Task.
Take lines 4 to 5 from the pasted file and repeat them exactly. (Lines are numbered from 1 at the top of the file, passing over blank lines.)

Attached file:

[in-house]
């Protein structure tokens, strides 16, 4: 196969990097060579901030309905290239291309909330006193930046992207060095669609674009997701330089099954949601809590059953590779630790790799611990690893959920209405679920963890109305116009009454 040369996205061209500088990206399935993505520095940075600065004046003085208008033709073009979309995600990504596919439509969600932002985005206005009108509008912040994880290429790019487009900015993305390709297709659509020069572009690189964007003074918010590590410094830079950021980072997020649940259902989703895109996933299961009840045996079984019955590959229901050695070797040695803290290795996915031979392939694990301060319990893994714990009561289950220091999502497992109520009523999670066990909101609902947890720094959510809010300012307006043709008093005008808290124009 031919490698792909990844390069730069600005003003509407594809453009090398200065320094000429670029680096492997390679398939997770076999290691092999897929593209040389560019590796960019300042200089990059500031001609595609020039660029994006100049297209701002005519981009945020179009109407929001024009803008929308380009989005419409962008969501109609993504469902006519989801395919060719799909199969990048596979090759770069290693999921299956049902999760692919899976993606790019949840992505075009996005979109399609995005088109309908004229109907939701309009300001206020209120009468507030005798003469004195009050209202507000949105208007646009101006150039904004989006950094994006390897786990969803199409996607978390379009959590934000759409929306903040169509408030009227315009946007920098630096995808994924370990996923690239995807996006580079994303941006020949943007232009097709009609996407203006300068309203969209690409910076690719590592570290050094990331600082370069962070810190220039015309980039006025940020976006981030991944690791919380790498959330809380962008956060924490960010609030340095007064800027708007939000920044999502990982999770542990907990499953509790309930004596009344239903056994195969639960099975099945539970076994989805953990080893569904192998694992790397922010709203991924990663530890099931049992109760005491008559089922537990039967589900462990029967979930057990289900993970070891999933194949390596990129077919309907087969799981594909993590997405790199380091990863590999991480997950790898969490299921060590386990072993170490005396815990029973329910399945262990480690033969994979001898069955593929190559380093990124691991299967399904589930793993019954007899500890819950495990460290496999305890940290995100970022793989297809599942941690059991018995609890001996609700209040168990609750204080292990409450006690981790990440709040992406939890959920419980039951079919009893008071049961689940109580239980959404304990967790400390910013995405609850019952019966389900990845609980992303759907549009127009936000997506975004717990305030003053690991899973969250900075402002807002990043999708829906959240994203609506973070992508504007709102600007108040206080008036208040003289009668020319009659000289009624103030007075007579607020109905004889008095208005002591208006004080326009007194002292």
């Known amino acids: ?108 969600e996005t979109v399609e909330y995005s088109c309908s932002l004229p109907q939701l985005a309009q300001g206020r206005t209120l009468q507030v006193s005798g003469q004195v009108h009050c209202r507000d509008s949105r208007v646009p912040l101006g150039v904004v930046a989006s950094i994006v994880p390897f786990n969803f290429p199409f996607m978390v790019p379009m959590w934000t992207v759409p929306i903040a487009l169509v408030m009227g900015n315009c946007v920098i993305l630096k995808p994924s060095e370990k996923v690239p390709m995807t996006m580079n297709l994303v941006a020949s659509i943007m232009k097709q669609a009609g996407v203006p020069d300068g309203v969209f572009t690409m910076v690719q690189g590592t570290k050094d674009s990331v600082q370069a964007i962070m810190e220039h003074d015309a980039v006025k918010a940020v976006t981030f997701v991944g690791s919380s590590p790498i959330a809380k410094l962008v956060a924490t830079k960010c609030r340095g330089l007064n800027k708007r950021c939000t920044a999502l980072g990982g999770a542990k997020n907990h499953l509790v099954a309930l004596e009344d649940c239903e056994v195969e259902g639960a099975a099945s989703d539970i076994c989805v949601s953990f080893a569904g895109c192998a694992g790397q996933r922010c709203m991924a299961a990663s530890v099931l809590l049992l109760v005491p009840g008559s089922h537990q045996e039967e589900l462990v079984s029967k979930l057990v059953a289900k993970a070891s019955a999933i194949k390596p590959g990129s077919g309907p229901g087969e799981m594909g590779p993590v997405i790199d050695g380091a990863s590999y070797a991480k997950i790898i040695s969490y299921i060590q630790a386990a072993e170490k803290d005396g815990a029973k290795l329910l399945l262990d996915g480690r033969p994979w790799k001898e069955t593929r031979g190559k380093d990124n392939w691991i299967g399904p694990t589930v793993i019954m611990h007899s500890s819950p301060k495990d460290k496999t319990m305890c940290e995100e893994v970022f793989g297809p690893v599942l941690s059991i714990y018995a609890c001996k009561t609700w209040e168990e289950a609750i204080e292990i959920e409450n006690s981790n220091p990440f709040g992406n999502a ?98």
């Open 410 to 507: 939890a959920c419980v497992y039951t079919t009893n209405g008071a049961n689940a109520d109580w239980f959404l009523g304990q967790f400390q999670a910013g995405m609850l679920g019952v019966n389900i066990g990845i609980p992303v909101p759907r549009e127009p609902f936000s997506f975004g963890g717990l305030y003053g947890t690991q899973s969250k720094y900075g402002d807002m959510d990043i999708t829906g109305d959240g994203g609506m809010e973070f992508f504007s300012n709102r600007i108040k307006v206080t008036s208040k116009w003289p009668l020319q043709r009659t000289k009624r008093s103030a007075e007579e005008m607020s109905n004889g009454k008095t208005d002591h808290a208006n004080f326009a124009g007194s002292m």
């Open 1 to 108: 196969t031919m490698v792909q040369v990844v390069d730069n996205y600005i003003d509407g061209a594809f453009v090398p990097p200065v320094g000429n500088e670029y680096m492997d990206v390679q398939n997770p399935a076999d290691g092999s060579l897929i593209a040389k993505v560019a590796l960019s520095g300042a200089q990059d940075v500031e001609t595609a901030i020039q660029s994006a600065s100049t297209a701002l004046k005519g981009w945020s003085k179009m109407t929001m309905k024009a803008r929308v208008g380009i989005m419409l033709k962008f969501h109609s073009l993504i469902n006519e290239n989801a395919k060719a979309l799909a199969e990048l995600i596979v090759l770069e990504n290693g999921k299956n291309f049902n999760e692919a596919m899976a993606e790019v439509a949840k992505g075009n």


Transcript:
């Open 410 to 507: 939890a959920c419980v497992y039951t079919t009893n209405g008071a049961n689940a109520d109580w239980f959404l009523g304990q967790f400390q999670a910013g995405m609850l679920g019952v019966n389900i066990g990845i609980p992303v909101p759907r549009e127009p609902f936000s997506f975004g963890g717990l305030y003053g947890t690991q899973s969250k720094y900075g402002d807002m959510d990043i999708t829906g109305d959240g994203g609506m809010e973070f992508f504007s300012n709102r600007i108040k307006v206080t008036s208040k116009w003289p009668l020319q043709r009659t000289k009624r008093s103030a007075e007579e005008m607020s109905n004889g009454k008095t208005d002591h808290a208006n004080f326009a124009g007194s002292m």
């Open 1 to 108: 196969t031919m490698v792909q040369v990844v390069d730069n996205y600005i003003d509407g061209a594809f453009v090398p990097p200065v320094g000429n500088e670029y680096m492997d990206v390679q398939n997770p399935a076999d290691g092999s060579l897929i593209a040389k993505v560019a590796l960019s520095g300042a200089q990059d940075v500031e001609t595609a901030i020039q660029s994006a600065s100049t297209a701002l004046k005519g981009w945020s003085k179009m109407t929001m309905k024009a803008r929308v208008g380009i989005m419409l033709k962008f969501h109609s073009l993504i469902n006519e290239n989801a395919k060719a979309l799909a199969e990048l995600i596979v090759l770069e990504n290693g999921k299956n291309f049902n999760e692919a596919m899976a993606e790019v439509a949840k992505g075009n």